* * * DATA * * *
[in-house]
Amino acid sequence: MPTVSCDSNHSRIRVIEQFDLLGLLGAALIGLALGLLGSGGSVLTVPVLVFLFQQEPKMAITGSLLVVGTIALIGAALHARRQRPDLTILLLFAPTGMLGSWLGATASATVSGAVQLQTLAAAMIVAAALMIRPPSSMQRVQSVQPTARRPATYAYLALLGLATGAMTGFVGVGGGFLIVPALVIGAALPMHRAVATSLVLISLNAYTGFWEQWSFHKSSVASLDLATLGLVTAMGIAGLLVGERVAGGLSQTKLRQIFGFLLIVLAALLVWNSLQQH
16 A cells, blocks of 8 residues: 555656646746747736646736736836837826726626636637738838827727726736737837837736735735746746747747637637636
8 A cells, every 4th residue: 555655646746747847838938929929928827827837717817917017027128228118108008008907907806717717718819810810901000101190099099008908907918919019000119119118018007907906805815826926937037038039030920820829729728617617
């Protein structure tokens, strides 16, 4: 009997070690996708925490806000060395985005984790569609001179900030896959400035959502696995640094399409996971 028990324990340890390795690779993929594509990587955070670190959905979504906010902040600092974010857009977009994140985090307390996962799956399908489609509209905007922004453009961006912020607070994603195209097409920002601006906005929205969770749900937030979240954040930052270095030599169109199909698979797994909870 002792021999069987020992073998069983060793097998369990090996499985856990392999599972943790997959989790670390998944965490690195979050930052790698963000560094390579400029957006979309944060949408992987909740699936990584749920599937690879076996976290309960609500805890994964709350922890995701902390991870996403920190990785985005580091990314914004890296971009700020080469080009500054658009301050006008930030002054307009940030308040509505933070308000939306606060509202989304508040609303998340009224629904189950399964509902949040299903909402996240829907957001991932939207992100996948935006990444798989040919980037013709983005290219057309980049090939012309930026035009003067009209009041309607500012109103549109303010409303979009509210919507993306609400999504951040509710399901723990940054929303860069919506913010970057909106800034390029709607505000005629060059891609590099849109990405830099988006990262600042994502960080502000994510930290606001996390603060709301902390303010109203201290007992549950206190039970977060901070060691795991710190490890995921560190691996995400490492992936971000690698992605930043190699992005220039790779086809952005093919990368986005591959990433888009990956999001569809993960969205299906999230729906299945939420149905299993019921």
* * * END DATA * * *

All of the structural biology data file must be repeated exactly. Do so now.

[in-house]
Amino acid sequence: MPTVSCDSNHSRIRVIEQFDLLGLLGAALIGLALGLLGSGGSVLTVPVLVFLFQQEPKMAITGSLLVVGTIALIGAALHARRQRPDLTILLLFAPTGMLGSWLGATASATVSGAVQLQTLAAAMIVAAALMIRPPSSMQRVQSVQPTARRPATYAYLALLGLATGAMTGFVGVGGGFLIVPALVIGAALPMHRAVATSLVLISLNAYTGFWEQWSFHKSSVASLDLATLGLVTAMGIAGLLVGERVAGGLSQTKLRQIFGFLLIVLAALLVWNSLQQH
16 A cells, blocks of 8 residues: 555656646746747736646736736836837826726626636637738838827727726736737837837736735735746746747747637637636
8 A cells, every 4th residue: 555655646746747847838938929929928827827837717817917017027128228118108008008907907806717717718819810810901000101190099099008908907918919019000119119118018007907906805815826926937037038039030920820829729728617617
């Protein structure tokens, strides 16, 4: 009997070690996708925490806000060395985005984790569609001179900030896959400035959502696995640094399409996971 028990324990340890390795690779993929594509990587955070670190959905979504906010902040600092974010857009977009994140985090307390996962799956399908489609509209905007922004453009961006912020607070994603195209097409920002601006906005929205969770749900937030979240954040930052270095030599169109199909698979797994909870 002792021999069987020992073998069983060793097998369990090996499985856990392999599972943790997959989790670390998944965490690195979050930052790698963000560094390579400029957006979309944060949408992987909740699936990584749920599937690879076996976290309960609500805890994964709350922890995701902390991870996403920190990785985005580091990314914004890296971009700020080469080009500054658009301050006008930030002054307009940030308040509505933070308000939306606060509202989304508040609303998340009224629904189950399964509902949040299903909402996240829907957001991932939207992100996948935006990444798989040919980037013709983005290219057309980049090939012309930026035009003067009209009041309607500012109103549109303010409303979009509210919507993306609400999504951040509710399901723990940054929303860069919506913010970057909106800034390029709607505000005629060059891609590099849109990405830099988006990262600042994502960080502000994510930290606001996390603060709301902390303010109203201290007992549950206190039970977060901070060691795991710190490890995921560190691996995400490492992936971000690698992605930043190699992005220039790779086809952005093919990368986005591959990433888009990956999001569809993960969205299906999230729906299945939420149905299993019921």